On Jannuary 6th and 7th a group of 20+ authors, thinkers and practitioners on new management approaches meet in Stoos Switzerland. They will discuss how management might make its way adapting to changing environments (see also here: http://www.noop.nl/2011/12/global-management-warming-starts-in-switzerland.html).
Some input here from my side, as I am not sure, if I can make my input for this valueable discussion in 100 words (as per Jurgen Appelo’s invitation). But I will try with as few as possible.
So this goes out to the organizers of the Stoos Gathering 2012:
I do believe future management and respective change is aligned with three core viewpoints.
A) education of managers: business schools and universities lay the groundwork of future manager’s thinking and probably most of the later behaviour. There we are introduced into concepts about economics and business administration – many of them worth knowing rather in terms of history and adapting for new approaches. We need to teach true leadership targeting at highly dynamic and changing markets as well as self-organizing, complex structures there.
B) Value systems of organizations: many organizations are driven by pure market rules. Generally fine, but hits its limits Very soon, if we only think in shareholder values, short-term profits and related bonus and rewarding systems. So we truly need to rethink the value system with an eye on customer relationships, the organization of people as a whole.
C) Roles of middle management: former Taylor-oriented organizations needed lots of people for getting a complicated organization done. With the potentials of IT systems this has beend dramatically changing during the past 20 years. Today we might be more flexible with flater hierarchies and self-organized teams, but we still run the old system. There are potentials for middle managers as coaches and servant leaders, making sel-organization happen. As long as we can’t get them on board, theses structures are rather barriers for true change.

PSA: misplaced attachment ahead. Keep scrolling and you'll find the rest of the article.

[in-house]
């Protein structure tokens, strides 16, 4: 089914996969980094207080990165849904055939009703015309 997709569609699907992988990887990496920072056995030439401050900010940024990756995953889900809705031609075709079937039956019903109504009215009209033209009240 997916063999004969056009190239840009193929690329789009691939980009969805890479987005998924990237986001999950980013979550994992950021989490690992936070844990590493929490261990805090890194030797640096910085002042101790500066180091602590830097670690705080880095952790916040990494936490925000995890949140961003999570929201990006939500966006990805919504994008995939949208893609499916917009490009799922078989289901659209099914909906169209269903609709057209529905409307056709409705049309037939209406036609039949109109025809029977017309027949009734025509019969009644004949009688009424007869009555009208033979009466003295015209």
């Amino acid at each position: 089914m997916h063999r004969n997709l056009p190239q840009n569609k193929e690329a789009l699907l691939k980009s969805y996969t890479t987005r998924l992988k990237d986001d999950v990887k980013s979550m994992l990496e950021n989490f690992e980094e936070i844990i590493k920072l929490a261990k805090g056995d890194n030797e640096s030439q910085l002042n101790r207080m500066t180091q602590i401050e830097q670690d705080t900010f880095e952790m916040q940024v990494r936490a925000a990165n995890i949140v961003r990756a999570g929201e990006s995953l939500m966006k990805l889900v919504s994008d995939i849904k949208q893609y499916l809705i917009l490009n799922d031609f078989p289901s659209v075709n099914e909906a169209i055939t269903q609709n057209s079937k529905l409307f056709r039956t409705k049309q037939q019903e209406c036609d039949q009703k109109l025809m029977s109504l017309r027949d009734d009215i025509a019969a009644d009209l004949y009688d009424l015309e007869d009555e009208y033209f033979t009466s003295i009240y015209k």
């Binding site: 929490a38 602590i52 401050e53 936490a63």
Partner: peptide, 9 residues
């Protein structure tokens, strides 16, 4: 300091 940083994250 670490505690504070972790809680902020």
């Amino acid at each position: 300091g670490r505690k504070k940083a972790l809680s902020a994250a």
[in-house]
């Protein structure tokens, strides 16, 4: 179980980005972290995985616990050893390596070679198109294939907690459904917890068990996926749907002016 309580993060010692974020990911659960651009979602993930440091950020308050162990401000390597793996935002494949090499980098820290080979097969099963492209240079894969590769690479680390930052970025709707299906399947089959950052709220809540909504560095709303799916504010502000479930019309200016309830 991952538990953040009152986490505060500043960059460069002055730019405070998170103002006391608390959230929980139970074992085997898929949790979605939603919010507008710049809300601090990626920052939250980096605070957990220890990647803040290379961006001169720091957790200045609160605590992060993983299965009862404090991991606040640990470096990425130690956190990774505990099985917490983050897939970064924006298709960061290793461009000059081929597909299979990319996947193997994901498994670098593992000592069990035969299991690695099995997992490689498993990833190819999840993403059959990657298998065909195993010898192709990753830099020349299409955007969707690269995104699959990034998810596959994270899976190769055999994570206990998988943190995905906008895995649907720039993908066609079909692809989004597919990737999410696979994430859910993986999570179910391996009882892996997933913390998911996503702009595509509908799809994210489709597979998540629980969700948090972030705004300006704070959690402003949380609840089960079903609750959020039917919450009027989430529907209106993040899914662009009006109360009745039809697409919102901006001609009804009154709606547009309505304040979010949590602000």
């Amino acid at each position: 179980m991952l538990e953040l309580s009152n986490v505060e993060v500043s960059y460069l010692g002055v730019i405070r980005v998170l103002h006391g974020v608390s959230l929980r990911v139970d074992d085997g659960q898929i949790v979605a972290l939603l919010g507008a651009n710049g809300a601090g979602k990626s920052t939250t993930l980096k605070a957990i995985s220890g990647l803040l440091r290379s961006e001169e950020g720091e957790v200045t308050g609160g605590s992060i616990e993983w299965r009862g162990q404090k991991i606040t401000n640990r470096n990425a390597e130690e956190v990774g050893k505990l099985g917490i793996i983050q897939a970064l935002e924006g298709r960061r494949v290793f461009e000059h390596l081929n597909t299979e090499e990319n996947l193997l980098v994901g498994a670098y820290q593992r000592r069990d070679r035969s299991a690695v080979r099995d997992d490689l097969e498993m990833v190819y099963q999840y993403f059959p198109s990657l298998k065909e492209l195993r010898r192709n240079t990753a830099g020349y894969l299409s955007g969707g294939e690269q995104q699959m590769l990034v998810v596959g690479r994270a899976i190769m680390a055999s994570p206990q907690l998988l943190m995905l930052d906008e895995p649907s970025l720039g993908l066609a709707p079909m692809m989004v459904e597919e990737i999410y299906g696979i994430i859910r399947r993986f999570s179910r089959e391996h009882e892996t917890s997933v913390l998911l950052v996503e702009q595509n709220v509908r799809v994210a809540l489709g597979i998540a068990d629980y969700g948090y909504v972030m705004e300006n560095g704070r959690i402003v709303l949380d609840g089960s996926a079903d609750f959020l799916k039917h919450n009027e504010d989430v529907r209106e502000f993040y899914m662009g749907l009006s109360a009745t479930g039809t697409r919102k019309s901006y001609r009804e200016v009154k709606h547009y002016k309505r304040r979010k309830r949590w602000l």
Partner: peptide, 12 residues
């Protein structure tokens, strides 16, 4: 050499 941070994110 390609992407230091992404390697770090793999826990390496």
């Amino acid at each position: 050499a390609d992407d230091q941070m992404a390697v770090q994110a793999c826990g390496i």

Three core aspects I believe and any of them needs to be addressed with the key essentials for change:
1) there needs to be a clear need for all involved parties.
2) there needs to be a shared vision amongst involved parties in order to start a journey.
Addressing the three topics above, I would recommend an integrational approach of all dimensions, including existing structures, because for long-term success I rather believe in evolution instead of real revolution. When considering change of management approaches, styles and behavior, we need situative thinking, because there will no “one size fits all” solution.
But what new approaches will have in common is a new attitude towards value-oriented systems – an increase in value for customer-orientation, focus on values of products and services, the value of sustainable organizations, people and their work environment and last but not least conveying value-oriented concepts at universities.
Have a great meeting at Stoos. I am as excited about the output and follow-ups as all the other hundreds of people, who raised their high interest. Great things get started by some engaged people with moving ideas. Just think about today’s huge organizations started up in garages. Or think about the Agile Manifesto settled ten years ago in the mountains of Salt Lake City. Looking forward to supporting the journey of new management.